That’s the background to already announced efforts to recall three GOP senators elected in 2010. Major groups are moving against Racine’s Van Wanggaard (District 21) and northwest Wisconsin’s Terry Moulton (23) and Pat Galloway (29). All replaced Democrats in 2010.
United Wisconsin has already said it will not supply its bank of some 200,000 names to the senate recall efforts, but that doesn’t mean many of the recall movements and political campaigns won’t intersect.
(As of this writing, all sides were waiting for a Government Accountability Board ruling if a separate recall would be needed for Lt. Gov. Rebecca Kleefisch, elected on a ticket with Walker. The recall organizers expect a separate recall will be necessary and sound prepared.)
The state senate recall people may also be doing the Walker recall petitions on a separate form -- and after Dec. 1 some citizens may also be circulating nomination papers for sympathetic area candidates in the nonpartisan April election with recall petitions in tow. As long as each is handled separately it can be done by the same person.
“It all works together,” noted one local candidate, who expects to pull some street power from all these movements and also give some street power back.
“I think the recall movement will benefit from our presence,” said a marshal for the Occupy Milwaukee events. In fact, Recall Walker signs and slogans have become a hefty part of that movement.
All these efforts – recalls, Occupy, campaigns of candidates in local races – seem to be gaining momentum, capitalizing on growing outrage at GOP extremism in Madison and Walker’s empty promise about jobs.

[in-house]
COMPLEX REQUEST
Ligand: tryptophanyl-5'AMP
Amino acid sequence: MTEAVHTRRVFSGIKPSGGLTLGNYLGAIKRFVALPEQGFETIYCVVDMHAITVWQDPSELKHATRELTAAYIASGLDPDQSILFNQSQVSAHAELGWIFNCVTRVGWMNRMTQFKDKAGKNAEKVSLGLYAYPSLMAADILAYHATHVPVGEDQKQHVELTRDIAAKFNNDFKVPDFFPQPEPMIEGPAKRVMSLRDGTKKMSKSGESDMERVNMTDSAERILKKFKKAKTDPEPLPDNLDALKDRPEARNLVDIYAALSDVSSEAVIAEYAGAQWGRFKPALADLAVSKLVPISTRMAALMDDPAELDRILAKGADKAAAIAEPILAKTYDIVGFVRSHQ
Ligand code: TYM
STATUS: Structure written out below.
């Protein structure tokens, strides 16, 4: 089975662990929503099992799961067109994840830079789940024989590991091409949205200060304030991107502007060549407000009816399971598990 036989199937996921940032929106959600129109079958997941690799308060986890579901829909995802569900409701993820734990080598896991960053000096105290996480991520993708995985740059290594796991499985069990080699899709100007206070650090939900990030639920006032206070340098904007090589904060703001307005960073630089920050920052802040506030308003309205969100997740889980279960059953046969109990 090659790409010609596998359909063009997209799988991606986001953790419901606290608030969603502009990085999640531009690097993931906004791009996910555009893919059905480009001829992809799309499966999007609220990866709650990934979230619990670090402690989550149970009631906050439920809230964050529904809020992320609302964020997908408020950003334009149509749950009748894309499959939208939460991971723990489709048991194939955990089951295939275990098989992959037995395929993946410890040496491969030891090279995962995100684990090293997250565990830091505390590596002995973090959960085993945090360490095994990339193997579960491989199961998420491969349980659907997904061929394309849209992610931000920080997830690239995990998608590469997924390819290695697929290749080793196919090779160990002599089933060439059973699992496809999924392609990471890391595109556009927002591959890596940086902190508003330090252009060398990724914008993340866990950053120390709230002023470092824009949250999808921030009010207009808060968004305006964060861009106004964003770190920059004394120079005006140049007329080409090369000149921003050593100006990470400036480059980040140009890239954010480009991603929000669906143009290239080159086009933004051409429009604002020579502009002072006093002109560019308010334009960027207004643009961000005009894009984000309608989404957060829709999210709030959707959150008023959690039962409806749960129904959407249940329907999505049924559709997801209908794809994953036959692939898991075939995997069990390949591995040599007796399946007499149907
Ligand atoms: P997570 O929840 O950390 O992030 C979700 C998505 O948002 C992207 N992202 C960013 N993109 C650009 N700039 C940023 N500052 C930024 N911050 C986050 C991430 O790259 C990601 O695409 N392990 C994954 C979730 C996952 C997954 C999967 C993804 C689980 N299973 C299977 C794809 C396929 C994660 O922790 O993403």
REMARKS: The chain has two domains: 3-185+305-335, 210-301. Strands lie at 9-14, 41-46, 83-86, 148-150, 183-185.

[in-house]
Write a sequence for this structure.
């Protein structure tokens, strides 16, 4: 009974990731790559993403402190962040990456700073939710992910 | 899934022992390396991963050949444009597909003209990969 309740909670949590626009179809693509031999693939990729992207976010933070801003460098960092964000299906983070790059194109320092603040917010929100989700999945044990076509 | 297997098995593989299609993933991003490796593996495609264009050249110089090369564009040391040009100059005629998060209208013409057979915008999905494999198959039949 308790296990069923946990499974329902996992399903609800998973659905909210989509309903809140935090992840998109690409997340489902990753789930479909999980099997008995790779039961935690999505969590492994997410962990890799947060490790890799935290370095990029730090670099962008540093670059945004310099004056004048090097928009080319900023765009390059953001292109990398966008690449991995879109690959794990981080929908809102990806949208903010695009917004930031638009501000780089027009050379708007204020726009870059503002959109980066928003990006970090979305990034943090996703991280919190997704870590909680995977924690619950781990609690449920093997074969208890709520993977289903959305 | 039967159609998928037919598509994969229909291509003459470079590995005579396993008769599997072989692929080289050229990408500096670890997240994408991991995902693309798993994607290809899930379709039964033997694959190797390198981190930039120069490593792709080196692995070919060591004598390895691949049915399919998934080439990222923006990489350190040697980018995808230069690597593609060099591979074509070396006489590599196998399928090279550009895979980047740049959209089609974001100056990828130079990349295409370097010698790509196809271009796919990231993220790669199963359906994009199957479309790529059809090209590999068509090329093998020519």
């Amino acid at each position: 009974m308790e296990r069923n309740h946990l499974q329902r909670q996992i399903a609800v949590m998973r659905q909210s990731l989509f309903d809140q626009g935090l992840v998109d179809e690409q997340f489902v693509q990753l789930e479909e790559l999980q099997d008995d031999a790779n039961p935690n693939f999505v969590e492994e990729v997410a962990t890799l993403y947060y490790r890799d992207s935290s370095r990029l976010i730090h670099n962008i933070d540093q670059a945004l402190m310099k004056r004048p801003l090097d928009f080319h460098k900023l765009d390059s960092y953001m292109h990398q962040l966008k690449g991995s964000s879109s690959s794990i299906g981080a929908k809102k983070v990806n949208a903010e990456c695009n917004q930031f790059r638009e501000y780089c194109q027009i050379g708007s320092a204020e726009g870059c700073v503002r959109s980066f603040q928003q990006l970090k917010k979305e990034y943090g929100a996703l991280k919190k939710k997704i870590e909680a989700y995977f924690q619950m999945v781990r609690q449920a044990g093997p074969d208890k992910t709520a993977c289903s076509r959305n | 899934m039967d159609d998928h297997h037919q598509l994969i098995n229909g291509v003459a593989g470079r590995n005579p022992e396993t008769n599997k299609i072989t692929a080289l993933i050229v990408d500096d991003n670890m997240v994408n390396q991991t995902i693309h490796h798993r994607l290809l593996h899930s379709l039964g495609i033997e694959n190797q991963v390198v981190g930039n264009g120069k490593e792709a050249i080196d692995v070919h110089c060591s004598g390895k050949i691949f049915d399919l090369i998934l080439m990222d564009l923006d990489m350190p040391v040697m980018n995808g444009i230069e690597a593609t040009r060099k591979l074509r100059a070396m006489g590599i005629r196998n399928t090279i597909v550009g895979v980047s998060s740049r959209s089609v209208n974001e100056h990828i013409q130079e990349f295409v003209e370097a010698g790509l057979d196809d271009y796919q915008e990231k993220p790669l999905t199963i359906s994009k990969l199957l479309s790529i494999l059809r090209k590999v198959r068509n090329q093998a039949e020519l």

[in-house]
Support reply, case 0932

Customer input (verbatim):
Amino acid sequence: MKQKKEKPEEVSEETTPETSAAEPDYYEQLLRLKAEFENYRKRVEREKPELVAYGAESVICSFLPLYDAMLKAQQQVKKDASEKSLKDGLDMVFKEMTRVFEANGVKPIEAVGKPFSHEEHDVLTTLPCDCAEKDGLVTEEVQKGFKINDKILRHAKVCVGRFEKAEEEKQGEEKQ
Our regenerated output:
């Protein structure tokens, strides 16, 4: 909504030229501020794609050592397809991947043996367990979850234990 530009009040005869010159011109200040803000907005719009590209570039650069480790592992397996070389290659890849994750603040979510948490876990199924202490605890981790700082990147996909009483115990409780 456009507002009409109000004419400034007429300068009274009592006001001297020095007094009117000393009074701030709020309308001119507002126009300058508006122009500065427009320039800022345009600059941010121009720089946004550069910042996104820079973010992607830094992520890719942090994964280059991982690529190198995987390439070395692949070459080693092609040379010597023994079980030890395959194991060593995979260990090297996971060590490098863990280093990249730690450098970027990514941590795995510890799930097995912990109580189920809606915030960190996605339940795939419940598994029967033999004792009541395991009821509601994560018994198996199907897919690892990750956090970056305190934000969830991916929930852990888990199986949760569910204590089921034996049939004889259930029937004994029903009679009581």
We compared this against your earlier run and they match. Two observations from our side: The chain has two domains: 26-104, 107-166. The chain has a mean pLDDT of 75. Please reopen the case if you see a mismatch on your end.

Under some bizarre campaign rules, a governor facing a recall can raise unlimited funds, something many think will lead Walker to drag out the process. But will money or outrage drive this election? Walker clearly must pray it will be money.
But don’t underestimate outrage. Said Milwaukee Area Labor Council Secretary-Treasurer Sheila Cochran on Nov. 2. “We have ONE candidate. Scott Walker. And he has got to go. Fine if you don’t think we can win. But all we can do is try. All we can do is fight!”
Mindful of the rules – unions in their offices or official capacities cannot conduct recall signups, though every citizen can become involved – Sheila Cochran announced that the council will forgo its monthly meeting in December. 6:30 p.m. Wednesday December 7 at American Serb Hall, 5101 W. Oklahoma Ave., will be given over to a free open meeting for the entire community.
Recall Walker will be the central topic Notices are going out to the jobless coalitions, Citizen Action Wisconsin, Occupy the Hood and other community groups to pack the place. Considerable training sessions will have taken place and recall petitions will be available.